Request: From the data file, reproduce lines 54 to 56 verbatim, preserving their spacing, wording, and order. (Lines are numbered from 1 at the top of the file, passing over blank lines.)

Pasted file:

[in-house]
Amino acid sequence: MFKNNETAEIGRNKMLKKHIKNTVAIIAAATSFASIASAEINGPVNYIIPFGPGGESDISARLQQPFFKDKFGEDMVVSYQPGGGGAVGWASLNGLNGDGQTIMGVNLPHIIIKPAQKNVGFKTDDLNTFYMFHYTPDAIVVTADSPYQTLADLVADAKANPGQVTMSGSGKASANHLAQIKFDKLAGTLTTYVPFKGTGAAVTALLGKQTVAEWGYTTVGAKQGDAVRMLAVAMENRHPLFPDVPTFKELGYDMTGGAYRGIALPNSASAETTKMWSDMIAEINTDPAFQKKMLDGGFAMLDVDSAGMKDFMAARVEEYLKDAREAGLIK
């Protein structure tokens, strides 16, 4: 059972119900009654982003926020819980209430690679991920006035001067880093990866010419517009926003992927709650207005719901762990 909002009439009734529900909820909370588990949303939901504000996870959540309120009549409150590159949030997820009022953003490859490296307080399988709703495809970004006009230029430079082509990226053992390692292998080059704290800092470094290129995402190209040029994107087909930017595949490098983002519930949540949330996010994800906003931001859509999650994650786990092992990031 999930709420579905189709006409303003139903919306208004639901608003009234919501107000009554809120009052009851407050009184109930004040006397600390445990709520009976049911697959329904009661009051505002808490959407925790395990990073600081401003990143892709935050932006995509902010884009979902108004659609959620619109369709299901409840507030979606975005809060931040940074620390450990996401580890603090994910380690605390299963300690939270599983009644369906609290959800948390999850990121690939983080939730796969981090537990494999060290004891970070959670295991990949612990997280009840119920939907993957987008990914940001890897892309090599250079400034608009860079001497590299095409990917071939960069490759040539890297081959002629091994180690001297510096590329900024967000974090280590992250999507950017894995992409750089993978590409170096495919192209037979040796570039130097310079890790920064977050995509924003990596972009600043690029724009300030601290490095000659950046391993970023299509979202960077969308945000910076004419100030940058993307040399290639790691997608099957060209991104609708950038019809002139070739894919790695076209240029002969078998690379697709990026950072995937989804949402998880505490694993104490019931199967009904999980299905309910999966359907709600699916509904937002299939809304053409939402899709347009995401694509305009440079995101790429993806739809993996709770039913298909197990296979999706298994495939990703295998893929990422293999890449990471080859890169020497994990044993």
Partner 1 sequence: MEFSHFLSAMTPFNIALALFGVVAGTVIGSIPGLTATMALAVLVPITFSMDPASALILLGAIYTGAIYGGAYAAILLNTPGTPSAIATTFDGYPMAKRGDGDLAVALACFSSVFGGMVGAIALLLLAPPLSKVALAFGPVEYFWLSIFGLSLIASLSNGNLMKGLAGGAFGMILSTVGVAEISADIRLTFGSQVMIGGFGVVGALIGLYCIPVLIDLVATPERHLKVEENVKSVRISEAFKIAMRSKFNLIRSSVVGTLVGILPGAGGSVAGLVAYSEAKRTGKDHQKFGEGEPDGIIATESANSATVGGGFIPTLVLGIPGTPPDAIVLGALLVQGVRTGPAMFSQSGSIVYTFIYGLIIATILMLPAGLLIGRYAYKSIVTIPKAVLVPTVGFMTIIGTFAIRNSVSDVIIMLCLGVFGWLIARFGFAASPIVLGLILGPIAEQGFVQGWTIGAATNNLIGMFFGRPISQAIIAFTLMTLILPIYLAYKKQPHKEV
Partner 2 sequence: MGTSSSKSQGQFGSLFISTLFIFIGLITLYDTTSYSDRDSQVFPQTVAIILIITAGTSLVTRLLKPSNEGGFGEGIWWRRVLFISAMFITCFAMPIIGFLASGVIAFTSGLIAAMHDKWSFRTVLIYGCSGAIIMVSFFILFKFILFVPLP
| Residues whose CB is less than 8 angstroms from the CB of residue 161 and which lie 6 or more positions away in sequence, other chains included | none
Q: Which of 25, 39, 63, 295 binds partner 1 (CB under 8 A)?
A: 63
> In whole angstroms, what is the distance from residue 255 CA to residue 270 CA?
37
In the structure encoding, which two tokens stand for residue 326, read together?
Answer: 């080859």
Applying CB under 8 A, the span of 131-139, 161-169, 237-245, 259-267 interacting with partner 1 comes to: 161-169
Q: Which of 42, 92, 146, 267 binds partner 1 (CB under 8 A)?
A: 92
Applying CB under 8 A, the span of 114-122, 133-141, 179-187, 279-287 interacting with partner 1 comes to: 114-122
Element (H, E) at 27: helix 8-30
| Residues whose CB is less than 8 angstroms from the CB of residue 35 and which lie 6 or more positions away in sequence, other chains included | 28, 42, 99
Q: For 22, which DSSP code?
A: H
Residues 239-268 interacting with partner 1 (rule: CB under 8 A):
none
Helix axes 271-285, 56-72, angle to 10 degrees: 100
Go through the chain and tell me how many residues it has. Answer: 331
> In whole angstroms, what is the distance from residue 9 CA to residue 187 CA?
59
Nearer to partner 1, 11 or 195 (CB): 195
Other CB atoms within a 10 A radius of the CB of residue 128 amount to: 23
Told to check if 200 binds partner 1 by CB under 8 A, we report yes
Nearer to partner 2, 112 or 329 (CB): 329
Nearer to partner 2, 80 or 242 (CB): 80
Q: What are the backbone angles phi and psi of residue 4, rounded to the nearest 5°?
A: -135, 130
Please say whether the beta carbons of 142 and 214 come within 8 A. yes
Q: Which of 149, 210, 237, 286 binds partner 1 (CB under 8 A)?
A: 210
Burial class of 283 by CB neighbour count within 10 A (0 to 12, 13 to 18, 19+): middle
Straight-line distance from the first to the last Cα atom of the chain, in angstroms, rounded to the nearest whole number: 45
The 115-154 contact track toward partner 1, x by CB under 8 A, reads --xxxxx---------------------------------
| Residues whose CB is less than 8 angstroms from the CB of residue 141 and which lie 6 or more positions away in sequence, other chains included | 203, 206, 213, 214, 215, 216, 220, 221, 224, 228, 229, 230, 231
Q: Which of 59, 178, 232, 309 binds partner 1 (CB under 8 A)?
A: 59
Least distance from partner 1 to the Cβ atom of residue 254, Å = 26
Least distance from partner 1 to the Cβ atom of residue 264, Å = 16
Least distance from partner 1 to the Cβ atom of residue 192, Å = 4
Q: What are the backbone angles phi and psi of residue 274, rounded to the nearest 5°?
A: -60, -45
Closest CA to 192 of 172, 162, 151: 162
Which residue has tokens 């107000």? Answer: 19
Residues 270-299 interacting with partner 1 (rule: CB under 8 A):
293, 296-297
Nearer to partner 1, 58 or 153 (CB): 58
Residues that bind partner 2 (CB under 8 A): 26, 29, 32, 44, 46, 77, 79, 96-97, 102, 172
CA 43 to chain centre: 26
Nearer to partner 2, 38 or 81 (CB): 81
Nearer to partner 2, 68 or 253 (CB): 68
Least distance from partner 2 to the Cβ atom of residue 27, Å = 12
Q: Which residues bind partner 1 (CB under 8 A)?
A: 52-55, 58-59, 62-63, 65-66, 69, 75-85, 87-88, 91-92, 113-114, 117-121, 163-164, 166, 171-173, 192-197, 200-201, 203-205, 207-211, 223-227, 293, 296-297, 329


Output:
CA 43 to chain centre: 26
Nearer to partner 2, 38 or 81 (CB): 81
Nearer to partner 2, 68 or 253 (CB): 68